3) It depends on the franchise. Mario, for example, is better off without some in-depth story. It doesn’t need one, and it would just make it awkward and not Mario. Zelda, on the other, would be cool if the story was well-written and deep. But these new stories have to be handled correctly and still allow the game to feel like the previous installments, or else you’ll break the atmosphere, and thus defeat the purpose of expanding the story of the series.

    4) How about that’s the moral choice at the end of the game? Take the left door or the right door. Will you save a world that can become corrupted, or save your anchor in sanity and righteousness? Will you sacrifice yourself and the things that matter to you for the greater good or satisfy your selfish impulses? Two sides of the same coins.
    Or you could just do both. Typically, the princess is in the Dragon’s Lair waiting for you, sooo…

    5) Hmmm…well interactivity is always great to see in video games, although I do enjoy a well-executed story even if it is linear. I would like both as long as the open-world story still remains a functioning story and doesn’t get broken or is just lame to begin with. I like stories even if they are linear and controlled, as long as I’m not walking down boring corridors for twenty hours or whathaveyou.
    Or just give me a well-written and executed open-world story. Yeah, don’t you dare compromise.

    6) So Halo Reach or Fallout 3? I like both. Seriously, I don’t mind enjoying a short campaign if it’s one of the best 8 hours I’ve ever spent, and I also love experiencing a massive story over the course of several days, weeks, or even months, even if it does take some time to really unravel.
    One-sitting campaign binges are fun, and in terms of narrative, can really connect the player to the characters if, say, the characters have been fighting a battle non-stop of several days and nights and you, the player, can feel their exhaustion but still want to proceed and win the battle. That’s what ODST and Reach did for me.
    At the same time, experiencing a story (and exploring an open-world environment if that’s part of the package) over a relatively long course of time really gets you immersed in a big world and you have an urge to explore and see more of this interesting world. If it takes some time to get through the prologue, fine, I’m okay with open-world games taking their time to introduce the character to the world in a gradual way; it makes the transition to a fully-explorable world less jarring.
    If executed well, both a short story and a long story can be incredibly fun, interesting, and memorable experiences that are quite unique to video games since games are interactive and can afford to have the player invest longer amounts of time into a story compared to a movie, whether this invested time is in a single sitting or over the course of many sittings.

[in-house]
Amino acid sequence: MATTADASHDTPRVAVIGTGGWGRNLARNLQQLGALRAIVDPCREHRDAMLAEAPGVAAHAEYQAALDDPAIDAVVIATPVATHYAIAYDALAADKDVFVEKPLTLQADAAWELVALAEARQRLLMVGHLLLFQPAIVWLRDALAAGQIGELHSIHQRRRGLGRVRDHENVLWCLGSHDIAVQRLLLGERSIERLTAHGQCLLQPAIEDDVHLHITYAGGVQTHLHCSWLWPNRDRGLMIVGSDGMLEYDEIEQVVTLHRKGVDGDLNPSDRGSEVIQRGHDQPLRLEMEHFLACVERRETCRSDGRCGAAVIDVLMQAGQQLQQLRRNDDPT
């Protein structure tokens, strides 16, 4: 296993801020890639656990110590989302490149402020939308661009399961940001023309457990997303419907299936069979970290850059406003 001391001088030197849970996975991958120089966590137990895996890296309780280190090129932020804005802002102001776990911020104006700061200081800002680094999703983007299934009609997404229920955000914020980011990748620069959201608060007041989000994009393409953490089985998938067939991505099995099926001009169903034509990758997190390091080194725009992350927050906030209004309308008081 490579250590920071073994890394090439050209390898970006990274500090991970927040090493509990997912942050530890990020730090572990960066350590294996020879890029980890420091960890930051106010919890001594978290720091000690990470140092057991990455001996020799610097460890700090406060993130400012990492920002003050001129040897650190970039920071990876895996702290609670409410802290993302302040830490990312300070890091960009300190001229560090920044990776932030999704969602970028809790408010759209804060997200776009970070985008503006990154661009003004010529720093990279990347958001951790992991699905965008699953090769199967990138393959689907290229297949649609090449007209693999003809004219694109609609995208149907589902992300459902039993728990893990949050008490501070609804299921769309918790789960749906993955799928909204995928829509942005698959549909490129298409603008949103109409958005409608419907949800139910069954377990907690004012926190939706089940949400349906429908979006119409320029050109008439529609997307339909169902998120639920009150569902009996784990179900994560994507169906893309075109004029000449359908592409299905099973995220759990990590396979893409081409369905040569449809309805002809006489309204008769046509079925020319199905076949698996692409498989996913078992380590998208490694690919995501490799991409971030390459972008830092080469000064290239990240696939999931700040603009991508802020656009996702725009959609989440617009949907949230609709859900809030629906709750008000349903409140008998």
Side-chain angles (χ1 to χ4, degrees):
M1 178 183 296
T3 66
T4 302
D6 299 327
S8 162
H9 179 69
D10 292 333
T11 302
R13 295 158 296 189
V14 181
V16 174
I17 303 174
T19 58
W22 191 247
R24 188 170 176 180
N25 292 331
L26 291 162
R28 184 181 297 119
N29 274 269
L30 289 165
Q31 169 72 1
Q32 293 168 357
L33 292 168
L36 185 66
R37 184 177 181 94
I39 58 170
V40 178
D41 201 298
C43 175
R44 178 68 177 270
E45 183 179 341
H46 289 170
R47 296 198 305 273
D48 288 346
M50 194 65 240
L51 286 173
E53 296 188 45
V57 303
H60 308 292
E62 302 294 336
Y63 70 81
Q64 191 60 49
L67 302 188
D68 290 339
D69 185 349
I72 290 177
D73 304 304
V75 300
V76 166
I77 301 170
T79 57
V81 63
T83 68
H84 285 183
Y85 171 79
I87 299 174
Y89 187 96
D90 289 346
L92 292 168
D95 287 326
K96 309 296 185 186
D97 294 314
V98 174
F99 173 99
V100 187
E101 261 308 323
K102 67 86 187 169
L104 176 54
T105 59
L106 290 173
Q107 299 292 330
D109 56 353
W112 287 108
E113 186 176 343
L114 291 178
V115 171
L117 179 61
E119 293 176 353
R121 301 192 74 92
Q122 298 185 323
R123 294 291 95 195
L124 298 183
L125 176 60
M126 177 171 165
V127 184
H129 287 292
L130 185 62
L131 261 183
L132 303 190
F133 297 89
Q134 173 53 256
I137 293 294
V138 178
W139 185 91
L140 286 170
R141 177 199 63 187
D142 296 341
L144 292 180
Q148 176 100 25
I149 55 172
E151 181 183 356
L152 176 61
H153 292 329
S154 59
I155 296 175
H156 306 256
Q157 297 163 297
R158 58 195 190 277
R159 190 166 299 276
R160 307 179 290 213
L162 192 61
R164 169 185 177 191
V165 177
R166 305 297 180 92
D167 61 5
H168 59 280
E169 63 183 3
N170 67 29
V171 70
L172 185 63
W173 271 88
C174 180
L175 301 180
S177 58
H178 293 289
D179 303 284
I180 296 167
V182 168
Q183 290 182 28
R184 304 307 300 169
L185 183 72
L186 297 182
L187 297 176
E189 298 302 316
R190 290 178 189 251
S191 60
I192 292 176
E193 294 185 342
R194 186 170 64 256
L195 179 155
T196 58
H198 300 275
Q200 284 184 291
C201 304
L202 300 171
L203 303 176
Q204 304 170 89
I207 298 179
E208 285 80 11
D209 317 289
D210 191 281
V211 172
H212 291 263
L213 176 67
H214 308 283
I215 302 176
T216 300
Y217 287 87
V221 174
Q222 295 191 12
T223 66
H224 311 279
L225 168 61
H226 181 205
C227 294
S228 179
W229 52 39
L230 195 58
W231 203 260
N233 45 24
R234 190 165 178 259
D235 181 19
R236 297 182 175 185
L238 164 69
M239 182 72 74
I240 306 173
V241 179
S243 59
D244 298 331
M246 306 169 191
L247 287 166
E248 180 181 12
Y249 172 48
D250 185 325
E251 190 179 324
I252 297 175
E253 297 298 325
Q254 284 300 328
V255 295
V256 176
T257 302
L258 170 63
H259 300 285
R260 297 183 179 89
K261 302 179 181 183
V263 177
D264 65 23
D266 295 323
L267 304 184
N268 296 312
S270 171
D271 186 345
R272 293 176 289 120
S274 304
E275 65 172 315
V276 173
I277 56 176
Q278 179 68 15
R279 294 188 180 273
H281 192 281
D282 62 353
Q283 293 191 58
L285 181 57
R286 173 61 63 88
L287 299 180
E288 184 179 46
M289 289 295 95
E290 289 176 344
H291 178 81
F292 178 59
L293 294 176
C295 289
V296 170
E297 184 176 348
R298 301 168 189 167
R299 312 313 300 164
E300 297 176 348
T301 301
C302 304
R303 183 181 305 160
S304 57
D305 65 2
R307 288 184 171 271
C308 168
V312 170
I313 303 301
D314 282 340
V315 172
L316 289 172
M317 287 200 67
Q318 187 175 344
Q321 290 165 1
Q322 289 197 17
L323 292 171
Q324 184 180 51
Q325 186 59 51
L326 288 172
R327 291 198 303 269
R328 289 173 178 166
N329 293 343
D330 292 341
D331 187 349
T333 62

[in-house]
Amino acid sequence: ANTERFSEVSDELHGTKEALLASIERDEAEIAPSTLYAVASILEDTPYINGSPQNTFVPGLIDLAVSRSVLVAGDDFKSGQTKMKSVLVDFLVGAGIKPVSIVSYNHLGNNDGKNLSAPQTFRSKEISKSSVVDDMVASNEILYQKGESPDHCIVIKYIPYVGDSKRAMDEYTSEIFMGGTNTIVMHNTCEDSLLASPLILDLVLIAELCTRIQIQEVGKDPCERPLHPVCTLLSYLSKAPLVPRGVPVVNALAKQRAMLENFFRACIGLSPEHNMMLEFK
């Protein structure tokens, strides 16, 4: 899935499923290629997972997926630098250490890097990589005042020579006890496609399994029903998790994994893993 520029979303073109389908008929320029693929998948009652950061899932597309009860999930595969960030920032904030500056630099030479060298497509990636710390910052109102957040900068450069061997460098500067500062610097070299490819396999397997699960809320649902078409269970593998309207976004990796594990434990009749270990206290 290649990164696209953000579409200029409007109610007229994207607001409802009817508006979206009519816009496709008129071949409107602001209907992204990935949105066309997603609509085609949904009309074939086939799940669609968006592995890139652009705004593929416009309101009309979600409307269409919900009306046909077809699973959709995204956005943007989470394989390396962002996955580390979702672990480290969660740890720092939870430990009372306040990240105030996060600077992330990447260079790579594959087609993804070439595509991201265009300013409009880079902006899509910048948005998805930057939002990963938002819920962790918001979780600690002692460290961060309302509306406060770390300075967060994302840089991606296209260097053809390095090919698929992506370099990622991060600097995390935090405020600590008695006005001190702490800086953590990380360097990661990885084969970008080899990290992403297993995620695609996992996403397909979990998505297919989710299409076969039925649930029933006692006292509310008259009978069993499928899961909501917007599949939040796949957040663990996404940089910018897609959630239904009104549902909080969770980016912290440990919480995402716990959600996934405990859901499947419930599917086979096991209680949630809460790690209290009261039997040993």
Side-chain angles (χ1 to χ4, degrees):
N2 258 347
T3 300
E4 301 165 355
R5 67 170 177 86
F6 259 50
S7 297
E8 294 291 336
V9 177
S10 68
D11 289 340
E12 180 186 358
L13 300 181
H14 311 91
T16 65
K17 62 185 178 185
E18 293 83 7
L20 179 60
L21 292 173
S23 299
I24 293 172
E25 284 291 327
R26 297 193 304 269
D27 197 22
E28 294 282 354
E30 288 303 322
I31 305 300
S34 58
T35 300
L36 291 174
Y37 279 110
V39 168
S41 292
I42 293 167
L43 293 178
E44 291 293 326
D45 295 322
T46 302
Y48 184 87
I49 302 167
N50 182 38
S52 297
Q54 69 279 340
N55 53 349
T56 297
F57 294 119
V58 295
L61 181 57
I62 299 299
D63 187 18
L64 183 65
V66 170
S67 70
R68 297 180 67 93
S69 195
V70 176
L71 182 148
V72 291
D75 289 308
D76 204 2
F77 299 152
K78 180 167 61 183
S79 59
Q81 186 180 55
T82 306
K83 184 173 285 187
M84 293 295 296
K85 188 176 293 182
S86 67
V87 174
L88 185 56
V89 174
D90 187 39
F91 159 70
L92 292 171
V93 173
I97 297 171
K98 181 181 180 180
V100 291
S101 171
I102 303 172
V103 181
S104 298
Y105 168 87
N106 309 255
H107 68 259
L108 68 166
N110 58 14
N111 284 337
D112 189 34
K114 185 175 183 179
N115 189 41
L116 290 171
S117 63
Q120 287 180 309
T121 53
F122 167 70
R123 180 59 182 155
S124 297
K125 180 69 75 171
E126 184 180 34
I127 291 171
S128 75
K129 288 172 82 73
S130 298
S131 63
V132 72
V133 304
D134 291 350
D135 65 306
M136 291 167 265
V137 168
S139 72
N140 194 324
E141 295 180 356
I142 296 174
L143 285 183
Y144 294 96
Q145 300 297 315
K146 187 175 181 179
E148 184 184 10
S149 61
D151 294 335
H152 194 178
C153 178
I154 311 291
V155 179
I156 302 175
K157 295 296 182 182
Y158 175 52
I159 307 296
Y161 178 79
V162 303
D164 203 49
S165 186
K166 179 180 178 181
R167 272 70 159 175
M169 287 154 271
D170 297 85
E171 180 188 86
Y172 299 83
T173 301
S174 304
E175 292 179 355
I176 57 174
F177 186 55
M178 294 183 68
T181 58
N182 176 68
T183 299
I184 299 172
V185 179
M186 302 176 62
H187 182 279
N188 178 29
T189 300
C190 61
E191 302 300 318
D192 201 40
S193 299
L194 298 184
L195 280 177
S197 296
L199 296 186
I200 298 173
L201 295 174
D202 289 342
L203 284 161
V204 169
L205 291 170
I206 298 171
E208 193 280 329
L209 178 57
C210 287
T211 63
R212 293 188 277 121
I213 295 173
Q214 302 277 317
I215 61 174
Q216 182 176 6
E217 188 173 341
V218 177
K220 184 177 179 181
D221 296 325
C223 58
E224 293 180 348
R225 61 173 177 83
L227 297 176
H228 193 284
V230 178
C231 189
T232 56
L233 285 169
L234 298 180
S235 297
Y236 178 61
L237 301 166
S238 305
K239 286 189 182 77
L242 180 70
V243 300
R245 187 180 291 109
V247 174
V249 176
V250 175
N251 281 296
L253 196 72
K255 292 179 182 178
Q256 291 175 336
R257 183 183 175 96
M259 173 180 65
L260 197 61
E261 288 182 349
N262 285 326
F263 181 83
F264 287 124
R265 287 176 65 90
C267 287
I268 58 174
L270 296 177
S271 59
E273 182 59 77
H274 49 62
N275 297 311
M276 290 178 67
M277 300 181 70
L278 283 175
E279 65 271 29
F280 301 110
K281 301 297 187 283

7) Non-canon spin-offs may be fun, but if you have to sacrifice canon continuity for gameplay, I question whether this game’s gameplay is going to fit well with the rest of the canon. It’s not so hard to stay withing canon and still produce great gameplay. Halo Reach accomplished this to great avail, and even surpassed the numbered sequels, at least in my opinion. So again, just do both; find a way to improve and innovate the previous installments of the series while remaining as close to the canon as possible, which really isn’t hard as long as the earlier installments were relatively flexible or have areas of backstory or future-story that can be played with with enough freedom.

    Great questions, and I’ve gotta thank you guys for putting these WYR’s up. They make me feel so smart! lol

  7. EDIT:

    1) i can haz suttel?

    5) I meant “Yeah, don’t you dare NOT compromise.” I forget “not”s sometimes. Oopsie-poopsie.

  8. 1. It really depends on execution. Cut-scenes are prettier, but have the potential to be more cheesy.

    2. Text! I’m literate.

    3. LEAVE THEM ALONE. Metroid is in ruins right now.

    4. Save the world. Then you get your pick of the bunch.

    5. Strong story is good. Most branches aren’t very well thought out.

    6. Short and sweet. Halo: CE is a good example. Halo 2 is not.

    7. Change it up baby. I want a good game in the end.

  9. 1. Both. I think if you only choose one, then you are very limited. Story delivered during the game keeps things moving, but sometimes you really need to slow things down if there is some kind of conversation. If I HAD to choose one though, it would be via in-world clues.

    2. Read text. Bad voice acting can take away from the story, if it’s actually well written. If it’s poorly written, then it’s a wash

    3. The less story in a Mario Bros (platforming) title the better. The story in the Mario rpg’s is fine, since it’s funny. What they did with Metroid Other M sounds annoying (haven’t played it) and entirely unnecessary, since the series has been about isolation. And I don’t really care about the story in the Zelda games; I care much more about them progressing the game mechanics in the 3D titles beyond what they were in Ocarina.